The act of reading ... begins on a flat surface, counter or page, and then gets stirred and chopped and blended until what we make, in the end, is a dish, or story, all our own.
— Adam Gopnik
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August 10, 2010


It would be hard to get further from Regency England than to contemporary downtown Los Angeles, but sometimes -- and that's the fun part -- what I read when is dictated by what comes in from library reserve. Since it's brand new, I wasn't expecting to get Hangman for a while, and that was fine, since I had other plans. But then again, it's a quick read, and I hadn't read a myster in a while, and I had some lazy free time this past weekend, I thought I would breeze through it, in happy beach-book fashion.. After a while, unfortunately, it felt more like I was reading to get it over with.

I love to read series mysteries, and I'm sure I'm not the only ones who reads them as much (if not more) to see what's happening with the recurring characters than for the crime puzzle. Faye Kellerman's Decker/Lazarus series (LAPD detective Peter Decker, who is just turning 60, and his beautiful wife Rina Lazarus) has a lot of these charms (Jewish religion and traditions, a blended family, and a lot of cooking!), and there's a little bit of the homefront in this book. The first of the intersecting crime stories involves Terry McLaughlin, who was involved as a very young woman in one of Decker's earlier cases and is now an emergency room doctor, married to known hitman. When she disappears, the Deckers take in her son Gabe, a 14-year-old musical prodigy. The second case involves a beautiful young nurse who is found hanging from a rafter at a construction site.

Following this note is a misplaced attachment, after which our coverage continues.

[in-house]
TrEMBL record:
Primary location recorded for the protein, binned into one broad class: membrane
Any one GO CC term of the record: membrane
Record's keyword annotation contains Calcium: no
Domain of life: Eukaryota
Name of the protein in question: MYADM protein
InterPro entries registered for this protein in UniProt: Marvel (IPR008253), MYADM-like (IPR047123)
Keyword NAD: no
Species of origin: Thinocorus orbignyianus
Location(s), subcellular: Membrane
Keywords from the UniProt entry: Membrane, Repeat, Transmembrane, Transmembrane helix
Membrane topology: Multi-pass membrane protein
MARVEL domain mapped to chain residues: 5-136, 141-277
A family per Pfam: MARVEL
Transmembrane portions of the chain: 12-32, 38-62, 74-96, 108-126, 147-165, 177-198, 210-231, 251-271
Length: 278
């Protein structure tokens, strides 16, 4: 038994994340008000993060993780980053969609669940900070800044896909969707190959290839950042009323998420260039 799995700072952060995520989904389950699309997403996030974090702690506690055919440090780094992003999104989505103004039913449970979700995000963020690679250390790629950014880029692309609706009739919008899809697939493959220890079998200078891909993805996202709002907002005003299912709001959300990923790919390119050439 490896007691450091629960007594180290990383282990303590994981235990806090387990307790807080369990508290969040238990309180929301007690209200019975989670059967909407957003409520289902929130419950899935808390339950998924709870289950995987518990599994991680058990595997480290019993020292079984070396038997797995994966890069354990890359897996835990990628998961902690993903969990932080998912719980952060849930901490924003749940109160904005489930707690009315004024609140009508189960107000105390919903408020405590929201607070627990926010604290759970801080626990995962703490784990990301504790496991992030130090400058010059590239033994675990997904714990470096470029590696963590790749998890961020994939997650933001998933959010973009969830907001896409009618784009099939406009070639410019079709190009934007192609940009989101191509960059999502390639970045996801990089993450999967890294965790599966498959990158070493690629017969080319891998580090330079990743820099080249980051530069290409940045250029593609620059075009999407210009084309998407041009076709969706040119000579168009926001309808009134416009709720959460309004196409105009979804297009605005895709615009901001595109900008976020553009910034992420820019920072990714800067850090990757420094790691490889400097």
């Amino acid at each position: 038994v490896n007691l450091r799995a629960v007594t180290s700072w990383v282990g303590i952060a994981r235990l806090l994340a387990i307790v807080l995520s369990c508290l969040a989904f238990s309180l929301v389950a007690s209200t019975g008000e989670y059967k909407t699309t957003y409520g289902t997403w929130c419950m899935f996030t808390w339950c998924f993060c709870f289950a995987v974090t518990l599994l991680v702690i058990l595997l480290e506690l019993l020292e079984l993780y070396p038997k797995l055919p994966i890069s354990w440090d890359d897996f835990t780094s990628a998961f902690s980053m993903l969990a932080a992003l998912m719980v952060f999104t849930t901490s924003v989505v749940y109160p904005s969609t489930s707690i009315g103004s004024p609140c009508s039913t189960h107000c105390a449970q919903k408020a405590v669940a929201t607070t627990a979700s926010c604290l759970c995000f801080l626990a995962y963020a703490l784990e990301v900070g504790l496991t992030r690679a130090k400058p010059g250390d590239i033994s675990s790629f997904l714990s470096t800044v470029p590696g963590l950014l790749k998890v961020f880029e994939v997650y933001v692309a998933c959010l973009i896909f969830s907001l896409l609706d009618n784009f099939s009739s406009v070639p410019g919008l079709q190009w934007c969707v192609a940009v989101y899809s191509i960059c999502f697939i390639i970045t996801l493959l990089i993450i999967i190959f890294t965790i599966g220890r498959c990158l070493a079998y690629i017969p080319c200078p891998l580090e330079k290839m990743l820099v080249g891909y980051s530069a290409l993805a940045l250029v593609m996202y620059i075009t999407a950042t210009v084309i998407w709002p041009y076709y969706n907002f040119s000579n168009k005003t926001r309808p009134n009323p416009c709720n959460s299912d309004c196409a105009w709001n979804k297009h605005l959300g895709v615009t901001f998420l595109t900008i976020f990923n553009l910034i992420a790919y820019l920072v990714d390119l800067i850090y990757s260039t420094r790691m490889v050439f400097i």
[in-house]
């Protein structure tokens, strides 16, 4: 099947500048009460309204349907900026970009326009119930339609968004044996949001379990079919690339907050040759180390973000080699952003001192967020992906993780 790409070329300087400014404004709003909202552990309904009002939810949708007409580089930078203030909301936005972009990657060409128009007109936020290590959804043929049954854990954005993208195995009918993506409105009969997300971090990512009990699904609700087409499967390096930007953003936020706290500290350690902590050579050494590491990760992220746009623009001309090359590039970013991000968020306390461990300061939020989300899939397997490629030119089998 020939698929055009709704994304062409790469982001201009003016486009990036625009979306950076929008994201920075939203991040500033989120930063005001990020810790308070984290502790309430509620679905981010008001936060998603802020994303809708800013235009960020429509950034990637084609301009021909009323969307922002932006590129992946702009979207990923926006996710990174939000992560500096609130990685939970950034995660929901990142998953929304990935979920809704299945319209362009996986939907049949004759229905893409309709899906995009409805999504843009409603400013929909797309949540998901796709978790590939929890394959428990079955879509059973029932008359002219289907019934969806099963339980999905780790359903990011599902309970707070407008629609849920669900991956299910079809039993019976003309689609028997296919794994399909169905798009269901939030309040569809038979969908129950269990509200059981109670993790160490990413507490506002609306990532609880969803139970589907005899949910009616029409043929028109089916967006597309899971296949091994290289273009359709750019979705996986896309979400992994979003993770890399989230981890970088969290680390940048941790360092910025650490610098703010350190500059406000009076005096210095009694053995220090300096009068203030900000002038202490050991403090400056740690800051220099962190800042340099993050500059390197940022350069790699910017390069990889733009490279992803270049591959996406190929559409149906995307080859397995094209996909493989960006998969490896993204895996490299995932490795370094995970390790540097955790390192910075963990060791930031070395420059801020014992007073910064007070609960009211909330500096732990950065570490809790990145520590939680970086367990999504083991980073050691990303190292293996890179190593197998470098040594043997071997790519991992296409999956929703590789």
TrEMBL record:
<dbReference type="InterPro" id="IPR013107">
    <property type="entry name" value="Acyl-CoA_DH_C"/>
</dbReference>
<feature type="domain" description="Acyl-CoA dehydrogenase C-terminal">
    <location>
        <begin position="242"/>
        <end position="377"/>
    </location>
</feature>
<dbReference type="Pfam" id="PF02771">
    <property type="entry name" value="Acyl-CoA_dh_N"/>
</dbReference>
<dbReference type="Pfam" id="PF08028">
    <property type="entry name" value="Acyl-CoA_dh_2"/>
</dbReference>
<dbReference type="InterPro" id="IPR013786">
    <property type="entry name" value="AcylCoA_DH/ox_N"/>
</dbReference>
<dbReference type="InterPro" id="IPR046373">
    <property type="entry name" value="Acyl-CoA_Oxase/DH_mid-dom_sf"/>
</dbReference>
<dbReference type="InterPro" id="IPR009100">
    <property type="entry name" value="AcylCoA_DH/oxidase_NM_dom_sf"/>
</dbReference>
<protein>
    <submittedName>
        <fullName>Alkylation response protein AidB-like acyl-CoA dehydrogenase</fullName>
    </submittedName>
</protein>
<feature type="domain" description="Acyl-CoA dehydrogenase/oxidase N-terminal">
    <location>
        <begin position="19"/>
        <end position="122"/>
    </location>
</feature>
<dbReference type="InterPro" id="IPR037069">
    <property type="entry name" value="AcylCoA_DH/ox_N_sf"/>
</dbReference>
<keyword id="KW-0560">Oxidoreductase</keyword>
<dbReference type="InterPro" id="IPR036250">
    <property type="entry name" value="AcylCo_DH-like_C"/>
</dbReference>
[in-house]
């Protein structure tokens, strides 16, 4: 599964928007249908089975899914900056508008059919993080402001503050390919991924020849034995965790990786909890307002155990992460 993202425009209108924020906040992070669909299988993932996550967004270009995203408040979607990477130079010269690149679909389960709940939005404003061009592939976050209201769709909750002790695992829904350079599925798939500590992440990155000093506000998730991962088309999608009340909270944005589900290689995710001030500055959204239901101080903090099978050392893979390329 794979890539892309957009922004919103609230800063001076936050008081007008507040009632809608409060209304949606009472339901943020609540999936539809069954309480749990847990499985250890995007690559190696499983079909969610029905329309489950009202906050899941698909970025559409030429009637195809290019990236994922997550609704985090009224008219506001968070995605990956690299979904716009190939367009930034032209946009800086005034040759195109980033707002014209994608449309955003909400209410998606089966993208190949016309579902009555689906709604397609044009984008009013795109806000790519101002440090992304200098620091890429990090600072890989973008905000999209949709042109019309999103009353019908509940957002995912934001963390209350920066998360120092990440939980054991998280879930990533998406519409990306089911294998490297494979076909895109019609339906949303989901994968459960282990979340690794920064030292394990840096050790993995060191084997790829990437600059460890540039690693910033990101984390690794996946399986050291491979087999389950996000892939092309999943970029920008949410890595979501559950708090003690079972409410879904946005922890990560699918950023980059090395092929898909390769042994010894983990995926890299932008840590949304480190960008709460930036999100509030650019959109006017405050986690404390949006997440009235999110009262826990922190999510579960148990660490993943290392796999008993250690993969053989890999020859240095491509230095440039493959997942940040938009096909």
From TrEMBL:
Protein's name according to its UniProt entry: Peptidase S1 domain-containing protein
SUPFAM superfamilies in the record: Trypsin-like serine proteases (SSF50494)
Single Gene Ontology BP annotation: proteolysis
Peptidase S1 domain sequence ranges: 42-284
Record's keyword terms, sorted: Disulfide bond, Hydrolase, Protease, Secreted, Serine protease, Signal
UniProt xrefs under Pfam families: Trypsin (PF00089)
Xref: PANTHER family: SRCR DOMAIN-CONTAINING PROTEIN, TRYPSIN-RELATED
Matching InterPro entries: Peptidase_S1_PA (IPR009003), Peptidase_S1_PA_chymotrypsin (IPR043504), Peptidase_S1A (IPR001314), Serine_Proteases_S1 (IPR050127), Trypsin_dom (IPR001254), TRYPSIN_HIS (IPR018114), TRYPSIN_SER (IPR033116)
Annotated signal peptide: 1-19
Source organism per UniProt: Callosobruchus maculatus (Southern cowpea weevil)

The developing relationship between Gabe and the Deckers is more interesting, and more satisfying, than the murder inquiry, and that's OK with me. I was a little disappointed with the end of the book:  both the somewhat gratuitous resolution of  the cases (where did THAT come from?), and with the writing. It almost seems that Kellerman rushed through the telling so she could get back to Gabe. And when you're not especially enjoying a book, you start to notice faults...strained little bits of dialogue, and the odd need Kellerman has to keep telling us what her detectives are wearing, for not apparent reason.

I didn't dislike this book...I just felt that I was reading it dutifully, not out of great enjoyment. I'm guess I'm glad, though, that I can walk it down to the library tonight, and then turn back to Emma and Edith and even a little more Georgette Heyer. (I want to read one of her mysteries, and the one that's arriving soon is called Envious Casca. I chose it solely because of its wonderful title.)

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